The MWS model suggested by Moskos, Williams and Segal pinpoints five major characteristics of military’s organizational changes since the end of the Cold War in Western countries: (1) the increasing interpenetrability of civilian and military spheres, both structurally and culturally; (2) the diminution of differences within the armed services based on branch of service, rank, and combat versus support role; (3) the change in the military purpose from fighting wars to missions that would not be considered military in the traditional sense; (4) the military forces are used more in international missions authorized (or at least legitimated) by entities beyond the nation state; (5) the internationalization of military forces themselves. Twenty countries have been examined by applying the MWS model, testing whether or not these countries followed the expected trends in the model.
The MWS model does not fully explain the role of political change in shaping postmodern aspects within the military and societal-military relationship. This limited attention to political variables means that the MWS model must be used with caution when analyzing young democratic states where democratic consolidation and postmodernization of social values are happening simultaneously. The role of threat perception, democratization, and social value, therefore, should be considered together in explaining the postmodern military. Accordingly, it is difficult to directly apply the MWS model which attempted to generalize analysis based on an American case to other democratizing non-Western countries.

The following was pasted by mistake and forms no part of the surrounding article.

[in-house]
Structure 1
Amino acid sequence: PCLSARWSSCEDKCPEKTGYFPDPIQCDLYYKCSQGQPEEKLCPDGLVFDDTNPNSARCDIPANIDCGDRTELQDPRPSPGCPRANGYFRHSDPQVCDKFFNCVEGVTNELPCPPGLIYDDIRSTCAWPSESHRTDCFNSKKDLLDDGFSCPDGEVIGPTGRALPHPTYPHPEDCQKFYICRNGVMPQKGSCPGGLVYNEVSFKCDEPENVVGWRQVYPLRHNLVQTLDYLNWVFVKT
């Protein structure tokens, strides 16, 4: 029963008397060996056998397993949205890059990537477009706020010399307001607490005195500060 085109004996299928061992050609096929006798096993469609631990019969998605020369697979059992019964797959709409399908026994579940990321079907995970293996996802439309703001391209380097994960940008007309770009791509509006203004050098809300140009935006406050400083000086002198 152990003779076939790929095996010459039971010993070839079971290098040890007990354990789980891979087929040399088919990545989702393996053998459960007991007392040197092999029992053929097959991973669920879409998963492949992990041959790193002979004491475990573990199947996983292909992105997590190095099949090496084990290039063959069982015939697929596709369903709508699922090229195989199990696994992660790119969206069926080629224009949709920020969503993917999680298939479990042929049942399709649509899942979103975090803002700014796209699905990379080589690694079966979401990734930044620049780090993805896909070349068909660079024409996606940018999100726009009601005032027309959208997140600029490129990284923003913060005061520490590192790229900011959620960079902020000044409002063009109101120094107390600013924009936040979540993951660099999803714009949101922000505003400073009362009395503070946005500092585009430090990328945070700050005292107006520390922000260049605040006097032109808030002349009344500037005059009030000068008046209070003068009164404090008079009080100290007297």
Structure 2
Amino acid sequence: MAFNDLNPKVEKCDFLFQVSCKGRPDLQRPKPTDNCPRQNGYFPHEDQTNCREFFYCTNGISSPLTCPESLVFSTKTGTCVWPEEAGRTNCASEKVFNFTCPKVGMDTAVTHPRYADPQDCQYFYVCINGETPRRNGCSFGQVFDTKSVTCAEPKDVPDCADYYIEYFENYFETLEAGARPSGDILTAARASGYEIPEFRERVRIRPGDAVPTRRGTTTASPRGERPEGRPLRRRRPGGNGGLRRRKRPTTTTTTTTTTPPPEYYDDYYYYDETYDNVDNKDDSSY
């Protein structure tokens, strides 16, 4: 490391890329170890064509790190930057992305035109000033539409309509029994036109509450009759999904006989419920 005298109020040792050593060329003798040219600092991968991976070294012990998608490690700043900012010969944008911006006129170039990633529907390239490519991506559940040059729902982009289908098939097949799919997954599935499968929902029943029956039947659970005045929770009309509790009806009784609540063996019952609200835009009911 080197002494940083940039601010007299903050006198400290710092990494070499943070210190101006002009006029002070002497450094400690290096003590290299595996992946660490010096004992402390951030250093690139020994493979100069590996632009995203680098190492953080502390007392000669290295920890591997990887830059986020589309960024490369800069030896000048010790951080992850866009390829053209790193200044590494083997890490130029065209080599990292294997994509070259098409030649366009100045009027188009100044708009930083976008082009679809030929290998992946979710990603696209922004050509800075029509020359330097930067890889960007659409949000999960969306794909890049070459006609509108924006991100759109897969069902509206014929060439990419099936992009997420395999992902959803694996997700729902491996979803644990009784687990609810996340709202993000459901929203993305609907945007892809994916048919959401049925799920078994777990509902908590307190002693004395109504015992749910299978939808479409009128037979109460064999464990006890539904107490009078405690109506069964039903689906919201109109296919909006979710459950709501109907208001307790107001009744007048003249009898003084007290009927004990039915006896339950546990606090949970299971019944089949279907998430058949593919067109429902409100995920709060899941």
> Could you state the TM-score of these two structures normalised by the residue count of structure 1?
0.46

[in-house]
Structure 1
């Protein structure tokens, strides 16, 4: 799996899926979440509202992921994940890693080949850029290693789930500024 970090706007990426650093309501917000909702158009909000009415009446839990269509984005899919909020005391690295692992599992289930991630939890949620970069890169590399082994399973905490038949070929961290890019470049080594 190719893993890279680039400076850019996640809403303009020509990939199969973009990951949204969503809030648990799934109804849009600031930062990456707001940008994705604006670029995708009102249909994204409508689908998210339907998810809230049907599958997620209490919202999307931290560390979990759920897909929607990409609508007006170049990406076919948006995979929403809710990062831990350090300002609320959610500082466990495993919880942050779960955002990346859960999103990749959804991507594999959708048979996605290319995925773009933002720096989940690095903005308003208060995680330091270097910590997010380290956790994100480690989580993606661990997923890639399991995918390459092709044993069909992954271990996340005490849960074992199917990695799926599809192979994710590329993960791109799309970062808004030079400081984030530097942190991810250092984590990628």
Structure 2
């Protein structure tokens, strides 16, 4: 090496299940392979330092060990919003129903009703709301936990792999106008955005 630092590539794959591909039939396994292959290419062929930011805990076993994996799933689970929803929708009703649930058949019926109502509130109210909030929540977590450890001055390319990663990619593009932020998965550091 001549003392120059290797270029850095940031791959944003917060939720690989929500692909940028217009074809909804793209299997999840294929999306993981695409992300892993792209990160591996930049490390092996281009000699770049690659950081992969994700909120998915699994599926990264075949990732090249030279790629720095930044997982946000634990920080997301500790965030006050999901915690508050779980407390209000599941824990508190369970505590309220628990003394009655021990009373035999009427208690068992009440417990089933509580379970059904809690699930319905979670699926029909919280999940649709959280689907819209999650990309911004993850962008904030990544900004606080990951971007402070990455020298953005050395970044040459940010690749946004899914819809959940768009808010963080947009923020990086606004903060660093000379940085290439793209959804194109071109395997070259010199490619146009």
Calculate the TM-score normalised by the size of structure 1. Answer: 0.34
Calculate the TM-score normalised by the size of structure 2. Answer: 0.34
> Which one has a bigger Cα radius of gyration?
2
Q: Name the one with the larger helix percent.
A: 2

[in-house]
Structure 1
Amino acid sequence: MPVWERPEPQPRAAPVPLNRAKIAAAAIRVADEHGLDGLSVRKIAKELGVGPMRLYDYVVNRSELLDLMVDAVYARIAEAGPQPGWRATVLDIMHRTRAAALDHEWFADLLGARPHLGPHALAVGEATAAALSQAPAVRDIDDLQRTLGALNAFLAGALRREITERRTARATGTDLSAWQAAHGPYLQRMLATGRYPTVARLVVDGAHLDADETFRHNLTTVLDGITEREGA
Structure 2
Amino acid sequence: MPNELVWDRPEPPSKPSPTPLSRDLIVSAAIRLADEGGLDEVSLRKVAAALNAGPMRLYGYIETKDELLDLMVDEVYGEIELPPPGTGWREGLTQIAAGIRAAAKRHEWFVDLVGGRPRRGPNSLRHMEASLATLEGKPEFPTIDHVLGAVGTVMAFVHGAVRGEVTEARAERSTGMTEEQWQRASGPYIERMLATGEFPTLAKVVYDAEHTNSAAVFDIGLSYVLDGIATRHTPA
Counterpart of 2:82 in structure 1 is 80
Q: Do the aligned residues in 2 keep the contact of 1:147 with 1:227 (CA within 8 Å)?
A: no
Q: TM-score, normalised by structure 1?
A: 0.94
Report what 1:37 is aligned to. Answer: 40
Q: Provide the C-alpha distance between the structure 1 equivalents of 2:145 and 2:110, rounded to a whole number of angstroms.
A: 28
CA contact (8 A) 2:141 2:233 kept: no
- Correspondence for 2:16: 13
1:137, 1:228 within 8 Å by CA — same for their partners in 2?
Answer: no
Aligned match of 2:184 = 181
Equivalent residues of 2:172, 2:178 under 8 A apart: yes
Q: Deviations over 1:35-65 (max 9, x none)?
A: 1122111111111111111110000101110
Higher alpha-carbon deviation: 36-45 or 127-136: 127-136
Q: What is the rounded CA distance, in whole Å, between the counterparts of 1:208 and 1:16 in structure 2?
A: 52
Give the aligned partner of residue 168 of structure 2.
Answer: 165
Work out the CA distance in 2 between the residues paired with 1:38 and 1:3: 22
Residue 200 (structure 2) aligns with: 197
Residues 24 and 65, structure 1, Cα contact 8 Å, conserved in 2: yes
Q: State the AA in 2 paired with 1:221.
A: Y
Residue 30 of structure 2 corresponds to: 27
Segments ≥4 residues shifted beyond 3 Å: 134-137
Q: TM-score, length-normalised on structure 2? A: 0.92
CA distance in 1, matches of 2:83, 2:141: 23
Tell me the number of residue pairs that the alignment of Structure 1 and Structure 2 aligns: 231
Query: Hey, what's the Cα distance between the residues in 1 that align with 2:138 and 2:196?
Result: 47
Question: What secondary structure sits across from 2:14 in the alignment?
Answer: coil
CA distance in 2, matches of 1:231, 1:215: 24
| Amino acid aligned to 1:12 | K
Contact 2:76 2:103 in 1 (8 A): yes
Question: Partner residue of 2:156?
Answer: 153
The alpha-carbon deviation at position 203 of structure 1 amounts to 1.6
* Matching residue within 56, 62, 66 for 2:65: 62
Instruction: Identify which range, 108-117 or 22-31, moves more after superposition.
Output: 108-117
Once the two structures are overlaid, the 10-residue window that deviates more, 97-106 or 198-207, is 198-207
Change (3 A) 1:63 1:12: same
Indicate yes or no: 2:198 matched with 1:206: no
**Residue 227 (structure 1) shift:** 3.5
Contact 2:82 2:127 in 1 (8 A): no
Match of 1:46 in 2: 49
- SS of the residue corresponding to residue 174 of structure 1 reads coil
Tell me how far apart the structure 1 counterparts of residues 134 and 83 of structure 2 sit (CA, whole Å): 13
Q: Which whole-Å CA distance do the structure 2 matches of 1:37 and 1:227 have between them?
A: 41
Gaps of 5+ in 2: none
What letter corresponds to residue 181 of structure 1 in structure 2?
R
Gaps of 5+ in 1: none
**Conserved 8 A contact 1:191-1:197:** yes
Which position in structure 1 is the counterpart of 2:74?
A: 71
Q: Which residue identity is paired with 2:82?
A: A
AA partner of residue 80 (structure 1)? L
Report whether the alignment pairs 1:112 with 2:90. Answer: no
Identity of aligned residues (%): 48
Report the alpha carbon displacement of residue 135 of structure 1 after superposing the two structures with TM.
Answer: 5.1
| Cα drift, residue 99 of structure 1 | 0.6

4. Experience of civil-military relations in South Korea
a. Military buildup in South Korea
After the World War II Korean peninsula has separated into two Koreas and two governments in South and North Korea, supported by US and Soviet Union respectively. South Korea established the capitalist government and developed sufficient military buildup competent with internal and external threats. US military government set up its laws on November 13, 1945 and under the provision of the Bamboo plan , the US military government disorganized the group to absorb members into the defense force by establishing a military corps of 25,000 soldiers. As the official Republic of Korea government and its National Armed Force were established on August 15, 1948, all the civil military forces were integrated into the National Armed Forces. Many experienced military seniors from the ROK Independence Force, Japanese Force, Manchurian Force and civilians from North and South Korea joined the ROK National Armed Force.